Benchmark data from the big firms is expensive because the databases are huge, the result of collecting far more information from participants than any one participant will ever need, in order to enable the firms to generate more products to sell you. This serves a good purpose for those who need a car report or severance pay report. But these mammoth surveys carry a heavy price for participants, not just in dollars but in staff resources and stress. There are cheaper benchmark data alternatives emerging, many of which use artificial intelligence or machine learning, along with non-traditional information sharing arrangements that extend outside the C&B “world.” Be informed and be careful where you get your data.
Benchmarking is important if you are in a competitive industry, care about cost, or care about attracting or retaining talent. (That covers just about everyone, but to illustrate my point, what if your organization is a monopoly with no competitors and you can raise your prices–or taxes if you are a government–without limit? In that case, comp and benefits costs wouldn’t matter, and you can just pay everyone richly. When you pay everyone richly, you will attract everyone (the good talent and the others as well,) so you’d better select very carefully! Paying richly also retains effectively, because no one wants to take a pay cut to change employers, so paying richly means you will have to deliberately manage out poor performers, using a performance improvement plan and progressive discipline practices within a legal environment that generally protects workers job security. But for the rest of us, costs matter. And we prefer to be selective about who gets paid richly and who should not. So benchmarking is important so we know how of a reward would lead, lag or match the market.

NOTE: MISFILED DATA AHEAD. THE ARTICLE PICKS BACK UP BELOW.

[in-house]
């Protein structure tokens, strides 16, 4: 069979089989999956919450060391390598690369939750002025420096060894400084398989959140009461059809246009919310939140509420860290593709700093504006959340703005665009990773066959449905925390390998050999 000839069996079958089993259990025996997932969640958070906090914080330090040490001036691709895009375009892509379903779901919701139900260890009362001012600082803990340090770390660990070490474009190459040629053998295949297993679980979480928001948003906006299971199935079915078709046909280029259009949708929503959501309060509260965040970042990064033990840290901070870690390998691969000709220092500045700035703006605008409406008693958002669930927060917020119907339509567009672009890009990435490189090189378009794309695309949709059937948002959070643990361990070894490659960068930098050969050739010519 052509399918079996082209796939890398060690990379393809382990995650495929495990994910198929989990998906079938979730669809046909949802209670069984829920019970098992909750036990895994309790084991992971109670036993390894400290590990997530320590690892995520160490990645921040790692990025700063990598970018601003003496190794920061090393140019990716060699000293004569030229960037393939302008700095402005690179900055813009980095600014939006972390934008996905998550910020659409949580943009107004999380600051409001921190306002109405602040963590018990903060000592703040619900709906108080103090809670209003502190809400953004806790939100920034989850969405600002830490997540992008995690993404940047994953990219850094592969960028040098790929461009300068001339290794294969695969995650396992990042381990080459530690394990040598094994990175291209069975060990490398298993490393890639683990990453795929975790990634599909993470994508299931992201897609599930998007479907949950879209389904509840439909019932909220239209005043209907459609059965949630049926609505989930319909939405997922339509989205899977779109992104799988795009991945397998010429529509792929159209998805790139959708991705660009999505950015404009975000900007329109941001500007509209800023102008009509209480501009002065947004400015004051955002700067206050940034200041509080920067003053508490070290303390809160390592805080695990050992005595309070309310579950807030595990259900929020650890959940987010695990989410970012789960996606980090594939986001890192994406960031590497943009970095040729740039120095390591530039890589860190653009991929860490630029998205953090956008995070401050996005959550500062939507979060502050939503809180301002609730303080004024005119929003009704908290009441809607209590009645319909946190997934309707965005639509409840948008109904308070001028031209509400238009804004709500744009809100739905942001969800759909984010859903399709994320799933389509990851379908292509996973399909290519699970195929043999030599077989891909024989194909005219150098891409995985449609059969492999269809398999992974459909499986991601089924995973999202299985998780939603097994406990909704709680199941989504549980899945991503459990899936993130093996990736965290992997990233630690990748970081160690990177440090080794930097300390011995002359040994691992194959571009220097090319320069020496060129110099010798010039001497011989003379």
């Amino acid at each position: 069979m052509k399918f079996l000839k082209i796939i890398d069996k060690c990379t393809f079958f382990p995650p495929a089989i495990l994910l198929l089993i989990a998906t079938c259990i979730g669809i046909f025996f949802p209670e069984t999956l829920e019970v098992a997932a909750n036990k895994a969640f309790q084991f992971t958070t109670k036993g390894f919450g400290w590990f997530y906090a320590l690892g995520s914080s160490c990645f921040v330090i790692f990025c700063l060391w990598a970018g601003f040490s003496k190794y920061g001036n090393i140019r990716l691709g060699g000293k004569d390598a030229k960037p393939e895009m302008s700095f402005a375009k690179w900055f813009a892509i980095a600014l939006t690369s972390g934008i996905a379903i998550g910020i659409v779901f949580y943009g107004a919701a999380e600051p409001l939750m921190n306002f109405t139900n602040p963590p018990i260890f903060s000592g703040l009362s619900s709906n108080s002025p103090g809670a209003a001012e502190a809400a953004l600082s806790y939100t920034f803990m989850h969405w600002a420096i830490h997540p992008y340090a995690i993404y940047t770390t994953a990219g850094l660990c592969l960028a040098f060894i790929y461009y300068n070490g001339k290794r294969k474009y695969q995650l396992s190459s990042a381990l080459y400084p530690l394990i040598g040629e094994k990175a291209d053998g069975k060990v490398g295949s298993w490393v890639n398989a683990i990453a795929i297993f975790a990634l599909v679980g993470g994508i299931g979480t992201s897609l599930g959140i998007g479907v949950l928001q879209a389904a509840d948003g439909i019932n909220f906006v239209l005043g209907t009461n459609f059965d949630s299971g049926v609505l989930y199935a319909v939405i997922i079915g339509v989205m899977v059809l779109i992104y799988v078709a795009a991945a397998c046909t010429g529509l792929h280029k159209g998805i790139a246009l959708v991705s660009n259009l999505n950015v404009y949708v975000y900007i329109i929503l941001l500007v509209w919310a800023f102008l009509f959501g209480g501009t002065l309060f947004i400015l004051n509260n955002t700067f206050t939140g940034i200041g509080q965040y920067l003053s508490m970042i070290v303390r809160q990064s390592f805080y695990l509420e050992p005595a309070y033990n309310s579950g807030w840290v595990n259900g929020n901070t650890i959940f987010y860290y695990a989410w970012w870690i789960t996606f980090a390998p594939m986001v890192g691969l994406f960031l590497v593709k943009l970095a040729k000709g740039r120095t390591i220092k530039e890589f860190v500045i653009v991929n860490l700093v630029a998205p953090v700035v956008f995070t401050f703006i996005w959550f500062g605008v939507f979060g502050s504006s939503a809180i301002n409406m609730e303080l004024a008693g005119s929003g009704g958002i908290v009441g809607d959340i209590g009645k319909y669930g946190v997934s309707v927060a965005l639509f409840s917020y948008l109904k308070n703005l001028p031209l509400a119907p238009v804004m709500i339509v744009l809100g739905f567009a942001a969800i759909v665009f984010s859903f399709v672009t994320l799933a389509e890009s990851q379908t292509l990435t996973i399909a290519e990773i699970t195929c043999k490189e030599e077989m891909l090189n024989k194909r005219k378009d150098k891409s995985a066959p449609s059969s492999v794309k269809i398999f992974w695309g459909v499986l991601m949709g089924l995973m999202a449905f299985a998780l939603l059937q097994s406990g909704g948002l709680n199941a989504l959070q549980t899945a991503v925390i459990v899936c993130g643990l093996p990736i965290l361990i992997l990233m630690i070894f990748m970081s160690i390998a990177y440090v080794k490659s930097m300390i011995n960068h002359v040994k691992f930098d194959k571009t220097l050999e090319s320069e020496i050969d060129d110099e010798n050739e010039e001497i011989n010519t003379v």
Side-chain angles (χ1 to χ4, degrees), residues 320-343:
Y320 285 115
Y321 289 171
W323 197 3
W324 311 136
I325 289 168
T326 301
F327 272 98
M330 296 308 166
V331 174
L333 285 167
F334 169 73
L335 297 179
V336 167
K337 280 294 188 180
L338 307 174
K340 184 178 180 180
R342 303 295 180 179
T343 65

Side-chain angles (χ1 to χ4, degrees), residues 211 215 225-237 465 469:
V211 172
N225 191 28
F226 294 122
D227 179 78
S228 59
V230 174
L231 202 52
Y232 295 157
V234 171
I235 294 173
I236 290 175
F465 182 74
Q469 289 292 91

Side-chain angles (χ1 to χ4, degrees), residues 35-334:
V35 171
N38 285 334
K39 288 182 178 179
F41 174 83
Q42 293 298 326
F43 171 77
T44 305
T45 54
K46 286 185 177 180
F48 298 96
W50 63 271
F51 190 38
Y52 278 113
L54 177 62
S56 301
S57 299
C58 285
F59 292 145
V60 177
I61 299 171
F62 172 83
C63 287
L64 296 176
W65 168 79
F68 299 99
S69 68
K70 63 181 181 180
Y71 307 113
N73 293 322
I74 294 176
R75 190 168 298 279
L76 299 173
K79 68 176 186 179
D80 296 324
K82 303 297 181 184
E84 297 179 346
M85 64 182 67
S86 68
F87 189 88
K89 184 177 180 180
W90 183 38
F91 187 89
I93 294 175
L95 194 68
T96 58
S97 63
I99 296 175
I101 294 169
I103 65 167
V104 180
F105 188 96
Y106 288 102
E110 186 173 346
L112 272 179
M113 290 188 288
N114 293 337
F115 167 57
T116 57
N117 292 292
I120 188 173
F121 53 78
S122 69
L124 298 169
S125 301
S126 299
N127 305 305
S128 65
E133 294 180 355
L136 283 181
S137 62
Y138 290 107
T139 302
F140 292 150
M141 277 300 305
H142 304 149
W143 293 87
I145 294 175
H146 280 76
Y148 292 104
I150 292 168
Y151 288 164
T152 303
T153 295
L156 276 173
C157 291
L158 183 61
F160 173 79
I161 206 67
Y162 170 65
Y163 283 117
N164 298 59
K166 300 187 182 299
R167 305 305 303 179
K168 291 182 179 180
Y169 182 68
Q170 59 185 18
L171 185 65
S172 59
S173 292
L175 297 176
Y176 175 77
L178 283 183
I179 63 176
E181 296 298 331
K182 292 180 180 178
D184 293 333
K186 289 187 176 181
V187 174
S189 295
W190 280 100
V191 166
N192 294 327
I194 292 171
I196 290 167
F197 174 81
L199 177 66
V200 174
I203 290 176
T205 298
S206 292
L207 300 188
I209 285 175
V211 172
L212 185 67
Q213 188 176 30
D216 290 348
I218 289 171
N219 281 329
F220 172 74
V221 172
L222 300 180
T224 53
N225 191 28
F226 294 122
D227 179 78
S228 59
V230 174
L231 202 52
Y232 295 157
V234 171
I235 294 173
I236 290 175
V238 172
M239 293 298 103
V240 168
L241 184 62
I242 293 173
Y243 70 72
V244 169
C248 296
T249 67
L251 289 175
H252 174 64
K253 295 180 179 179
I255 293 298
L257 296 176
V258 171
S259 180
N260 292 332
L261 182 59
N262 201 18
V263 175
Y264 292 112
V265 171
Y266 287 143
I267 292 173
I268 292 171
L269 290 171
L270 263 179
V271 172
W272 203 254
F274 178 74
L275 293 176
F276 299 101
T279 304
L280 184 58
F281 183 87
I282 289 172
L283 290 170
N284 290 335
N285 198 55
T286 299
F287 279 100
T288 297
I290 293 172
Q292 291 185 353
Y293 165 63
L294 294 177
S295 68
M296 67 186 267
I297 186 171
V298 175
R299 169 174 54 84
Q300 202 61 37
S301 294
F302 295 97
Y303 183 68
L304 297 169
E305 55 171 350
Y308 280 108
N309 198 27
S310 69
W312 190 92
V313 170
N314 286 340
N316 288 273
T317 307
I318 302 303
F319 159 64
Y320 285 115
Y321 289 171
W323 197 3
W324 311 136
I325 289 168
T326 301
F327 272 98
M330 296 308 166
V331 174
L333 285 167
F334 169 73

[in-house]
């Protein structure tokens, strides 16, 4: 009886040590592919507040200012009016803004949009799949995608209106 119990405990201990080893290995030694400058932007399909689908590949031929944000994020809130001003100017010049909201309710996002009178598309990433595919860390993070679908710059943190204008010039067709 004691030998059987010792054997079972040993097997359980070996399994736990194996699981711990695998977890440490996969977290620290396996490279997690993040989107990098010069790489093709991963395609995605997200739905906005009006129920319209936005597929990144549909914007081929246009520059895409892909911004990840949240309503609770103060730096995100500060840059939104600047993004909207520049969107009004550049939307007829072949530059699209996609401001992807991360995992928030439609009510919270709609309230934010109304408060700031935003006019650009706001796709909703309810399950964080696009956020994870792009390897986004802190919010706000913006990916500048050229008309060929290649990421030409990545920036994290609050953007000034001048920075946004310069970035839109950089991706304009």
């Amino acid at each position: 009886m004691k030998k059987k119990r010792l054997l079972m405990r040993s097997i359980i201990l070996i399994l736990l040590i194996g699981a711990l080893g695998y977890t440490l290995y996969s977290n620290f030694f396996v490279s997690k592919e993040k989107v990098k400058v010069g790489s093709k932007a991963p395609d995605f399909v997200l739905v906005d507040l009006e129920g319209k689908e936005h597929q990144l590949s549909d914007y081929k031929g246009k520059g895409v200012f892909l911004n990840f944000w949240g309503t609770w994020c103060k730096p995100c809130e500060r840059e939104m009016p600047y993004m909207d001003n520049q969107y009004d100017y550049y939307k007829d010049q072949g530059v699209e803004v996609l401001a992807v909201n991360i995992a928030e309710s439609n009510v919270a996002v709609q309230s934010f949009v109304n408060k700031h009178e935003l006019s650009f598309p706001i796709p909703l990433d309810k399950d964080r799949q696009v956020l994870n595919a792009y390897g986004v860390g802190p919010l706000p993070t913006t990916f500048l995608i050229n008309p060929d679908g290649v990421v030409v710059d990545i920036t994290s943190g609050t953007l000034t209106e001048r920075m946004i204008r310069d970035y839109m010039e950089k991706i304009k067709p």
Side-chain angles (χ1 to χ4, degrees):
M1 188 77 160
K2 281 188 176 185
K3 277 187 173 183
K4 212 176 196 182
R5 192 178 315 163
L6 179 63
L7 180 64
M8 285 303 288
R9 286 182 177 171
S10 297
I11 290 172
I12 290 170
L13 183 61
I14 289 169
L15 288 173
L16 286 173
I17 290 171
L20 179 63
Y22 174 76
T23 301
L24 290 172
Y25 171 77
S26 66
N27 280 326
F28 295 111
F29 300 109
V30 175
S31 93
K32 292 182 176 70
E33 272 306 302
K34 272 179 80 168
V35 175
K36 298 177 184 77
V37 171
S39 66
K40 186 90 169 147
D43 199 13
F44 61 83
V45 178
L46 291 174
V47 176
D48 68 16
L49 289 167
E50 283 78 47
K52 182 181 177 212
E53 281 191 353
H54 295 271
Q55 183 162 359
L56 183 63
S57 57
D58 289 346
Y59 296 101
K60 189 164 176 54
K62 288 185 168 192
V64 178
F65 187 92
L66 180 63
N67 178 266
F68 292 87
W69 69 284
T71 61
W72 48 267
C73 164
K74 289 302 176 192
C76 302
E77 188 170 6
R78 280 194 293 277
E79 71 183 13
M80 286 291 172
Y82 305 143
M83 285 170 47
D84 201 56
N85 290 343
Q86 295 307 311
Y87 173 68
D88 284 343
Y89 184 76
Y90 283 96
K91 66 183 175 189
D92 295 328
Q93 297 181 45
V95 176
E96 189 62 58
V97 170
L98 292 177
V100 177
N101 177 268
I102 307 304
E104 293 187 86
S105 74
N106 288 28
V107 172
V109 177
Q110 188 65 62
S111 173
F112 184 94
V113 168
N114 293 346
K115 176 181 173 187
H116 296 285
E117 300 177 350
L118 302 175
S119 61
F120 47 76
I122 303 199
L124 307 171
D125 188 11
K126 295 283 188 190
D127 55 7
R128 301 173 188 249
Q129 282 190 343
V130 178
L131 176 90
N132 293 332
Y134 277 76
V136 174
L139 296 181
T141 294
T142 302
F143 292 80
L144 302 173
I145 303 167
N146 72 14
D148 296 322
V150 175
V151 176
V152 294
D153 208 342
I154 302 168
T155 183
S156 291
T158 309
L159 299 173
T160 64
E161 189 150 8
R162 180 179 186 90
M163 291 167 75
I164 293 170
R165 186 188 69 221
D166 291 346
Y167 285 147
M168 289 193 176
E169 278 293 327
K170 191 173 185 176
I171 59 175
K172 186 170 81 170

Isn’t benchmarking about strategy implementation only? We agree that benchmarking is essential to implementing strategy–for example, a strategy that you will pay top performers at market 75th percentile total cash compensation will require you to benchmark your total cash against market 75th percentile–it is also important in developing strategy..
How does benchmarking help develop strategy? By paying attention to emerging trends, especially which practices are helping other employers attract or retain or motivate employees. If you read that workers of all ages are seeking workplace flexibility and certain employers are introducing flexible work arrangements, such information does not require your organization to adopt workplace flexibility (that would be following hearsay), but it is a very useful “data point” for strategy discussions. It should cause you to ask yourself (and your leaders, HRBPs, etc.) whether it would be effective in supporting business and talent objectives.
Benchmarking is helpful in identifying potential new rewards, and potential sources of funding for new rewards. For example, if a survey shows the prevalence of eldercare benefits has risen, you may want to consider it. But to pay for it, you may discover that your expensive company cars are no longer prevalent in the market, so you could reduce the company car policy, and use that money to support eldercare.
Keep in mind these important tips when reading surveys:
- Pay attention to the entire range of practices. Don’t focus only on the most prevalent practice! It’s useful to know that 71% of British companies provide a leased car to managers, but it’s also useful to know that 15% of companies provide a taxable cash car allowance in lieu of a vehicle, to simplify administration and avoid fleet maintenance tasks. (These numbers are fictitious, by the way.)